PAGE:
Repost: Rudder has negative roll coupling on Arresti?

Sorry to those who've already read this on uk.rec.models.radio-control.air but I've drawn a blank there so far.
I'm flying a Hangar 9 Arresti at the moment and notice there is quite a lot
of negative roll coupling. That is full left (say) rudder causes a right bank, which the slight dihedral translates into a right yaw. This tends to cancel out the intended direction change.
On my other planes with positive dihedral, left rudder usually results in left roll as well as the expected left yaw. On this model it results in a roll in the opposite direction. Could it perhaps be due to insufficient dihedral? No actual dihedral angle is given in the assembly instructions, but is based on one wingtip raised by 1.5" with the other wing placed flat.
Anybody have any ideas as to the cause or is it just a feature of this model?
--
Steve

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Rudder inputs cause yawing, which THEN results in roll. If the airplane yaws the wrong way, I would suspect too much rudder travel which is stalling the rudder and allowing the tail to swing the wrong way. Rudder travel shouldn't be much more than 20 degrees or so. Too much elevator travel will also cause problems. My son can't get his Four-Star 40 to stall/spin with the 50 degrees up-elevator. He has to use about half that to get the nose up enough to stall it, and further input will result in nose-down tendency. Does this airplane have a relatively short wing with a tall rudder/fin? The usual rudder arrangement does have some anti-rolling tendency but is usually negligible. Left rudder will try to push the top of the fin to the right and roll the airplane the wrong way, but the rudder/fin would have to be very tall in relation to wingspan. Dihedral itself is not entirely necessary for yaw/roll coupling. There are FS airplanes with no dihedral at all that will roll properly with rudder input.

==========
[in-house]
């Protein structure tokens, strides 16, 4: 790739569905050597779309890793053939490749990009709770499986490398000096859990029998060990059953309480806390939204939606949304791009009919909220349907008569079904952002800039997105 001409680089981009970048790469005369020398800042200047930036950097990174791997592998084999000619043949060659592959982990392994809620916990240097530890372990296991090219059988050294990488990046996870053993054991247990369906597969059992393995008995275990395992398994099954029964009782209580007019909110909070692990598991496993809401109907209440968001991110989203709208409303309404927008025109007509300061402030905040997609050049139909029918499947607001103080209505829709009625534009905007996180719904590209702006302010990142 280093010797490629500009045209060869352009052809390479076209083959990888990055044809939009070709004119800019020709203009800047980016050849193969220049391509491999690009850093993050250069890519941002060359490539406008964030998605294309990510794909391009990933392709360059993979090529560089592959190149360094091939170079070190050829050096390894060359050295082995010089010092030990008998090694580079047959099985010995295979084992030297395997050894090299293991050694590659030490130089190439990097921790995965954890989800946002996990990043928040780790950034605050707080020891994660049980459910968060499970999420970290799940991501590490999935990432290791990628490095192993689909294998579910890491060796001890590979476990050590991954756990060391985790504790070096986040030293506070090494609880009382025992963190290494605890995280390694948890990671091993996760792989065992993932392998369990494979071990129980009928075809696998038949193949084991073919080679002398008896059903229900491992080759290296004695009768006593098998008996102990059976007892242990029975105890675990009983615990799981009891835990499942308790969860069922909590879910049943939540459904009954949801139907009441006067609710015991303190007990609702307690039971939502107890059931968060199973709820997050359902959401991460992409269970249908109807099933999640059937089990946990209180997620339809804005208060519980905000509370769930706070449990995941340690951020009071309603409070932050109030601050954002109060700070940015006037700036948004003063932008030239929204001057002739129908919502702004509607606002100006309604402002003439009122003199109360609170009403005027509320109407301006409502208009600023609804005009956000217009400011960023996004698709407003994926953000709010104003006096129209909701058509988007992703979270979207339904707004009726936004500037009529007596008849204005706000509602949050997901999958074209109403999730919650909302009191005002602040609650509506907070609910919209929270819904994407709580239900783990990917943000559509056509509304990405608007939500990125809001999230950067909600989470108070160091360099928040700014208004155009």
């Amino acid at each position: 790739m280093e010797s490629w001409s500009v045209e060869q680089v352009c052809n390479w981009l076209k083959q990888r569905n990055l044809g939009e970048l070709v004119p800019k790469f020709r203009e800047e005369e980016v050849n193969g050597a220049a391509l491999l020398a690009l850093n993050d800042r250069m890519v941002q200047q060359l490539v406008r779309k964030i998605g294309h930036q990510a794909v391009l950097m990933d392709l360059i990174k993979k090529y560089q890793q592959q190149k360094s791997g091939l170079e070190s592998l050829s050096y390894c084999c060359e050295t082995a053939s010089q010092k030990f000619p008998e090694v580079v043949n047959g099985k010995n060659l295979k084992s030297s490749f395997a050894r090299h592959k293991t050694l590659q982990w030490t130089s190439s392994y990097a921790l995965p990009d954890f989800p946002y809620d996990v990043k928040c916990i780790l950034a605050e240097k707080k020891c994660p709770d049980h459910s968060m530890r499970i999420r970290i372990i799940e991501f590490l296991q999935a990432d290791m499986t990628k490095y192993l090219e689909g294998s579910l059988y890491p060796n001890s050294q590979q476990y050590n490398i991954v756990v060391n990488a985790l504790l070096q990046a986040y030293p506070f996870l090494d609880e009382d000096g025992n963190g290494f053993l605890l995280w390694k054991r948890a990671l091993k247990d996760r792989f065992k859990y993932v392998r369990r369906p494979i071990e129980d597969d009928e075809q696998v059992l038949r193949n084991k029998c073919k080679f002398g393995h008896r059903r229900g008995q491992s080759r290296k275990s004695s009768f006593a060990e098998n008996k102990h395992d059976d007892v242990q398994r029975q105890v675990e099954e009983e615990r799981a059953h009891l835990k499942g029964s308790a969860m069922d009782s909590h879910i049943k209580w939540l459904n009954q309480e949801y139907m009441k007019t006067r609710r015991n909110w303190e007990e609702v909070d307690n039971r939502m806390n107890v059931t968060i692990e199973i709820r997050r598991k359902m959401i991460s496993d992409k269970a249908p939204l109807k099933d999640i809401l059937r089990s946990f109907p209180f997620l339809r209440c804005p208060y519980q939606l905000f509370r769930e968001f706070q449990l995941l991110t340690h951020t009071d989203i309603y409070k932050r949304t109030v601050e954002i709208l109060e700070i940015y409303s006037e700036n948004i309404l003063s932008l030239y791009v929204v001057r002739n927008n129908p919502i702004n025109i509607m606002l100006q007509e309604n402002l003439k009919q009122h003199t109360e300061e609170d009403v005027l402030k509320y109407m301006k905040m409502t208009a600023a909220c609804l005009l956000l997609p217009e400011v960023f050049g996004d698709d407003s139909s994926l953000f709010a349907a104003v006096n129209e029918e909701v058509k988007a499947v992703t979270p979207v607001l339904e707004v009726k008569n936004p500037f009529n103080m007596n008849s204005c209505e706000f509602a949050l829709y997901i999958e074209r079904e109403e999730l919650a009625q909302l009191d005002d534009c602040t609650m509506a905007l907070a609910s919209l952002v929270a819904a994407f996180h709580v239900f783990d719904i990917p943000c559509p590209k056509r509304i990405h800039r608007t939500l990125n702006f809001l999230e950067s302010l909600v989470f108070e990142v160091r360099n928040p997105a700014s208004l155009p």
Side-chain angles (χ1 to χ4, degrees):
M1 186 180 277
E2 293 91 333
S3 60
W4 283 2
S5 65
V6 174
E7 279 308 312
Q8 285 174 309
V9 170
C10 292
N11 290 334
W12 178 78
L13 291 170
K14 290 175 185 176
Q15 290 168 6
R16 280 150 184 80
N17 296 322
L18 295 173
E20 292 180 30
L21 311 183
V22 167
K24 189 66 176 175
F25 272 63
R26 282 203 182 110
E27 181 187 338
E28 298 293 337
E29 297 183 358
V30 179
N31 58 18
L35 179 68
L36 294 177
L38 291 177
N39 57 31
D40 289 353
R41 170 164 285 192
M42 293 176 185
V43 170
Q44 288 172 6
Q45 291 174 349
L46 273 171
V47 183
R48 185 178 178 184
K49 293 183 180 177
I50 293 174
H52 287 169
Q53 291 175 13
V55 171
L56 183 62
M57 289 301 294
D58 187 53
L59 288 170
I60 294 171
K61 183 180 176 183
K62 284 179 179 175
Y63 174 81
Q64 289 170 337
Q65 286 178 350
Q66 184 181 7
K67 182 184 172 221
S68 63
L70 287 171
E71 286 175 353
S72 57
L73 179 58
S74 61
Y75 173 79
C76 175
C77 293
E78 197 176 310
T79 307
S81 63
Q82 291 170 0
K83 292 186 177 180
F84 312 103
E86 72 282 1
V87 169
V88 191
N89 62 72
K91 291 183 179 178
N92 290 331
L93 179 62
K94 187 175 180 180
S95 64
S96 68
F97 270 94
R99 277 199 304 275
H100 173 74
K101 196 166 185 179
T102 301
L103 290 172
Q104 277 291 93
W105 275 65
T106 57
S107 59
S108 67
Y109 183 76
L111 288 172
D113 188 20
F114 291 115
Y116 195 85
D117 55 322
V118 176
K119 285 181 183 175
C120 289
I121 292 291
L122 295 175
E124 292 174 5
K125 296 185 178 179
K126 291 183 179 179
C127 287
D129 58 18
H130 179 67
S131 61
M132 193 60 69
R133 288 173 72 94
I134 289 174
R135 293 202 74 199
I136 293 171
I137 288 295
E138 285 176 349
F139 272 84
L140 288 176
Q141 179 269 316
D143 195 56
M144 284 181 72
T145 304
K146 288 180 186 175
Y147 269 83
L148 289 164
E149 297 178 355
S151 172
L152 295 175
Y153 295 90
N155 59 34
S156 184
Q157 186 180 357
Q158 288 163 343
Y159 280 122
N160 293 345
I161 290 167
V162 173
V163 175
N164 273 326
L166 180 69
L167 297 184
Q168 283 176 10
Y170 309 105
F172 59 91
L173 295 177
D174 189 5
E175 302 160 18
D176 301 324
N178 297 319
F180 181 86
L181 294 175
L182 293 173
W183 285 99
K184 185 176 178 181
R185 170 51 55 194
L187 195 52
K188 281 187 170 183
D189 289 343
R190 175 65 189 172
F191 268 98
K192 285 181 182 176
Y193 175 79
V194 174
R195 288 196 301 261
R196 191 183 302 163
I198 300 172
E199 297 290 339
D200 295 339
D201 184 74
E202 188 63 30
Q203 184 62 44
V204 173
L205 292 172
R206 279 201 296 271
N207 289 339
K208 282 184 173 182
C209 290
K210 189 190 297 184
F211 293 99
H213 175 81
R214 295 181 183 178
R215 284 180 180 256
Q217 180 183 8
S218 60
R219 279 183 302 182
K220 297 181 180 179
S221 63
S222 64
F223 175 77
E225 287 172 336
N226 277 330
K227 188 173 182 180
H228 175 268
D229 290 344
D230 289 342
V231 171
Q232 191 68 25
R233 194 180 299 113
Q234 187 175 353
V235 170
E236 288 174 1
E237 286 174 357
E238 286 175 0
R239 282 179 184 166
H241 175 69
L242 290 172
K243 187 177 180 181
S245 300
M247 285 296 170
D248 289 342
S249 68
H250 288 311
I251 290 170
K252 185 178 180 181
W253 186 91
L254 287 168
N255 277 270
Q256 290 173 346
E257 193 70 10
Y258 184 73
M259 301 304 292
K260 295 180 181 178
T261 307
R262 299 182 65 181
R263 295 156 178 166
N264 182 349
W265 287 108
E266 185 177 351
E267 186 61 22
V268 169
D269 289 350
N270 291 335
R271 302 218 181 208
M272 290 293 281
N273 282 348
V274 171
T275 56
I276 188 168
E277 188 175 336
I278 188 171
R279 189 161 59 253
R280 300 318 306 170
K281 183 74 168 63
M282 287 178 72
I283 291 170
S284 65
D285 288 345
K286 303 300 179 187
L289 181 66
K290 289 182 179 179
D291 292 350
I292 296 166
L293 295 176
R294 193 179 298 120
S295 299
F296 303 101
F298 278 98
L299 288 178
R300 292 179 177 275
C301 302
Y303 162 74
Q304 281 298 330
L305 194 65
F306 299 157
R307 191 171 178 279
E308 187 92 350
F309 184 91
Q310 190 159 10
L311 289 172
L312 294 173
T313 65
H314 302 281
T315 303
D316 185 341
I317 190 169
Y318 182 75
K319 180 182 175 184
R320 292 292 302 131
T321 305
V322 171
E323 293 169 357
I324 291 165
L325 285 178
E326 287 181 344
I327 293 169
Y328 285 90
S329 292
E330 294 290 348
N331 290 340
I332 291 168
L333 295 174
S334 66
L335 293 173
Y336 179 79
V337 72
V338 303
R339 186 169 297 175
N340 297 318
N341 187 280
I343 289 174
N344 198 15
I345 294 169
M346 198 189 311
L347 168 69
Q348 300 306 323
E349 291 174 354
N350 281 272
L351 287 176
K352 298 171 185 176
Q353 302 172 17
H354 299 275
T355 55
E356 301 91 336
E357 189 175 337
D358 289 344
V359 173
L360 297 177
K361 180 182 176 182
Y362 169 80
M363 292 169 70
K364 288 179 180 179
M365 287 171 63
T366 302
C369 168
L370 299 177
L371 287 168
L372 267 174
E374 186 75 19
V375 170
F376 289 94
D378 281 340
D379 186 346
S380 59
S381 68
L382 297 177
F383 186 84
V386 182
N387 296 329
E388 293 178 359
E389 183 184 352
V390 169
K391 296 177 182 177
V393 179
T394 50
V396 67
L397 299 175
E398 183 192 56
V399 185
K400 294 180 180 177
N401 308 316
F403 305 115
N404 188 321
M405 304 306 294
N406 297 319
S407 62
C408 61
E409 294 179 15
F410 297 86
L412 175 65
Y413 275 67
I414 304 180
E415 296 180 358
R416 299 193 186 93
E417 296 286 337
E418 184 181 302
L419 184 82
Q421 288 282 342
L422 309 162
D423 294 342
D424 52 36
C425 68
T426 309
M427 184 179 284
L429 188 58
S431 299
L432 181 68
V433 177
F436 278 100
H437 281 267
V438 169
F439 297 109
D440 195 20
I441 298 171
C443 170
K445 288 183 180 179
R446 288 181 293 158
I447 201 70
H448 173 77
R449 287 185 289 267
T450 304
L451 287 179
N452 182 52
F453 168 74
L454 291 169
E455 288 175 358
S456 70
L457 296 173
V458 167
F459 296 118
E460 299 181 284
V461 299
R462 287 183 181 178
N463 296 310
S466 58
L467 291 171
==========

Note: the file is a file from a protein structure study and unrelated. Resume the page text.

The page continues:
Dan
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On 26 Feb 2004 17:19:58 -0800, Dan_Thomas snipped-for-privacy@yahoo.com (Dan Thomas) wrote:

Thanks for the suggestions.
Well, initial reaction of course is left yaw for left rudder, but then soon begins a right roll followed by what looks like right yaw. The behaviour is symmetrical. The max rudder movement is quite a bit less than the maximum 2.25" from centre recommended in the instructions. Stall turns aren't pretty either, with what seems like insufficient rudder authority, although I'm still experimenting with throttle blip timing to assist the turn. I have just changed to a different rudder servo arm to increase the available movement to the max 2.25", but haven't tried it yet. If your guess of too much movement is valid, I guess I'll soon find out!

Certainly not too much elevator travel. Recommended and current value is up 5/8" and performance is quite gentle with that. It is a fairly generous elevator though for the size/type of plane.

56" wing, here is a link to the plane:-
http://horizon.hobbyshopnow.com/products/description.asp?prod=HAN2175 #
[SNIP]
Another annoying trait is the tendency to nose over when taxiing on grass, even with full up elevator. The CoG is bang in the middle of the recommended range (3.5"-3.75" from memory). I've moved it as far back as possible without adding weight and it's a minor amount better in this respect.
--
Steve

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Sounds like the wheels are too small or the gear need to move forward.
The website says the airplane has "neutral" handling qualities, which may mean neutral stability and a lack of yaw/roll coupling. Maybe the airplane is flying as designed. Got to use more aileron.
Dan
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